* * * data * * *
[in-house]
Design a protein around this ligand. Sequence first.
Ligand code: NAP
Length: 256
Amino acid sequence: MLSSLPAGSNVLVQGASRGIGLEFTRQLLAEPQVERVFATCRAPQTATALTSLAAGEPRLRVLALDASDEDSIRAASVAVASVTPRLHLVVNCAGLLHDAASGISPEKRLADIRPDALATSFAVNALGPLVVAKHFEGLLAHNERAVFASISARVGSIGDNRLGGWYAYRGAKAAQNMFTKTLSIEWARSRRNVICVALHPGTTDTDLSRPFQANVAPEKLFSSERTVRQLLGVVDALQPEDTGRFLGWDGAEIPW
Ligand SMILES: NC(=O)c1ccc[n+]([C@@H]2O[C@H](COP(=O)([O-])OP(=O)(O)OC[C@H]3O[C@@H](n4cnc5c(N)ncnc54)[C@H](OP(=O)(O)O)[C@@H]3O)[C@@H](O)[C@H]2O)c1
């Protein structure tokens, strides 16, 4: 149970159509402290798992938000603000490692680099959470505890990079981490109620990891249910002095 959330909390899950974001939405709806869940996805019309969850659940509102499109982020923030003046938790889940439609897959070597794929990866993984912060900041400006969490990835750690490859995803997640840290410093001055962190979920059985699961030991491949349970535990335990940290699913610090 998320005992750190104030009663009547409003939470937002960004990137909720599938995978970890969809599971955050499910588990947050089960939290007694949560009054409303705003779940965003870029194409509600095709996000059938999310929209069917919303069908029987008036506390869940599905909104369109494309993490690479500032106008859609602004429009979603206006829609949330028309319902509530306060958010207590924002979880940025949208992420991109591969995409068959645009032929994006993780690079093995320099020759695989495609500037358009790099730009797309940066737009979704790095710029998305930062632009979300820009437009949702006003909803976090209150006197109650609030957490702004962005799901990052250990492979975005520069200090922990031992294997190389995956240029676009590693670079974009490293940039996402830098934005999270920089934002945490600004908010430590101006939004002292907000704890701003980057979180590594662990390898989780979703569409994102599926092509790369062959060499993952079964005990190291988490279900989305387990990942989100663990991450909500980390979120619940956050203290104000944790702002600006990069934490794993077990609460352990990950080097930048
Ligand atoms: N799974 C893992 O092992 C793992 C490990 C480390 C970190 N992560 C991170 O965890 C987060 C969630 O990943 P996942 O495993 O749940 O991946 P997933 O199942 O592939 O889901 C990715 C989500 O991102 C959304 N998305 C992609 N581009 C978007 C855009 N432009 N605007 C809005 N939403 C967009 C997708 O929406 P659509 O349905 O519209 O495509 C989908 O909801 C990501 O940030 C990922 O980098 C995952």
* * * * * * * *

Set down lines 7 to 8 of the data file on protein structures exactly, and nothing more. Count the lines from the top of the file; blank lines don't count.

């Protein structure tokens, strides 16, 4: 149970159509402290798992938000603000490692680099959470505890990079981490109620990891249910002095 959330909390899950974001939405709806869940996805019309969850659940509102499109982020923030003046938790889940439609897959070597794929990866993984912060900041400006969490990835750690490859995803997640840290410093001055962190979920059985699961030991491949349970535990335990940290699913610090 998320005992750190104030009663009547409003939470937002960004990137909720599938995978970890969809599971955050499910588990947050089960939290007694949560009054409303705003779940965003870029194409509600095709996000059938999310929209069917919303069908029987008036506390869940599905909104369109494309993490690479500032106008859609602004429009979603206006829609949330028309319902509530306060958010207590924002979880940025949208992420991109591969995409068959645009032929994006993780690079093995320099020759695989495609500037358009790099730009797309940066737009979704790095710029998305930062632009979300820009437009949702006003909803976090209150006197109650609030957490702004962005799901990052250990492979975005520069200090922990031992294997190389995956240029676009590693670079974009490293940039996402830098934005999270920089934002945490600004908010430590101006939004002292907000704890701003980057979180590594662990390898989780979703569409994102599926092509790369062959060499993952079964005990190291988490279900989305387990990942989100663990991450909500980390979120619940956050203290104000944790702002600006990069934490794993077990609460352990990950080097930048
Ligand atoms: N799974 C893992 O092992 C793992 C490990 C480390 C970190 N992560 C991170 O965890 C987060 C969630 O990943 P996942 O495993 O749940 O991946 P997933 O199942 O592939 O889901 C990715 C989500 O991102 C959304 N998305 C992609 N581009 C978007 C855009 N432009 N605007 C809005 N939403 C967009 C997708 O929406 P659509 O349905 O519209 O495509 C989908 O909801 C990501 O940030 C990922 O980098 C995952």